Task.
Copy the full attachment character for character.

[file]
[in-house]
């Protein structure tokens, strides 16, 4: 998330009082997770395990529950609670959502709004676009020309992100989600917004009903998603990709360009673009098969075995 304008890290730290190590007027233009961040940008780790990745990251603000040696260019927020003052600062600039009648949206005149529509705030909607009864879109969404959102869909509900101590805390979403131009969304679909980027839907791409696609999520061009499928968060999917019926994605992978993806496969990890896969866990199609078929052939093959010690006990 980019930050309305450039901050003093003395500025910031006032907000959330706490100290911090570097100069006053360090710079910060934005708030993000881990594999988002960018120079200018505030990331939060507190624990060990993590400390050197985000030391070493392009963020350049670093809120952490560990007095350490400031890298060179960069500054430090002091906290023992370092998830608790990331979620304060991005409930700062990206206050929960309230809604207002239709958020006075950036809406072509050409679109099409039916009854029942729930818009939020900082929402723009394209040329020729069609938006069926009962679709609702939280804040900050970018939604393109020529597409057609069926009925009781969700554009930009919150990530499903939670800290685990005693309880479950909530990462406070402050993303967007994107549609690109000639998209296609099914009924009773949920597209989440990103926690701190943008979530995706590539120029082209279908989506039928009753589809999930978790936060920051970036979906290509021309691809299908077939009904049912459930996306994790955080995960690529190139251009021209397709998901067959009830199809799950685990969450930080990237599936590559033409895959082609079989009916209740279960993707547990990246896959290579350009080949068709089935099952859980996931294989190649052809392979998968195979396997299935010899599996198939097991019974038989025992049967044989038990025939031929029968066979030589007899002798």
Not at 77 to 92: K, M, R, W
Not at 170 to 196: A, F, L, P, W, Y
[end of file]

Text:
[in-house]
């Protein structure tokens, strides 16, 4: 998330009082997770395990529950609670959502709004676009020309992100989600917004009903998603990709360009673009098969075995 304008890290730290190590007027233009961040940008780790990745990251603000040696260019927020003052600062600039009648949206005149529509705030909607009864879109969404959102869909509900101590805390979403131009969304679909980027839907791409696609999520061009499928968060999917019926994605992978993806496969990890896969866990199609078929052939093959010690006990 980019930050309305450039901050003093003395500025910031006032907000959330706490100290911090570097100069006053360090710079910060934005708030993000881990594999988002960018120079200018505030990331939060507190624990060990993590400390050197985000030391070493392009963020350049670093809120952490560990007095350490400031890298060179960069500054430090002091906290023992370092998830608790990331979620304060991005409930700062990206206050929960309230809604207002239709958020006075950036809406072509050409679109099409039916009854029942729930818009939020900082929402723009394209040329020729069609938006069926009962679709609702939280804040900050970018939604393109020529597409057609069926009925009781969700554009930009919150990530499903939670800290685990005693309880479950909530990462406070402050993303967007994107549609690109000639998209296609099914009924009773949920597209989440990103926690701190943008979530995706590539120029082209279908989506039928009753589809999930978790936060920051970036979906290509021309691809299908077939009904049912459930996306994790955080995960690529190139251009021209397709998901067959009830199809799950685990969450930080990237599936590559033409895959082609079989009916209740279960993707547990990246896959290579350009080949068709089935099952859980996931294989190649052809392979998968195979396997299935010899599996198939097991019974038989025992049967044989038990025939031929029968066979030589007899002798």
Not at 77 to 92: K, M, R, W
Not at 170 to 196: A, F, L, P, W, Y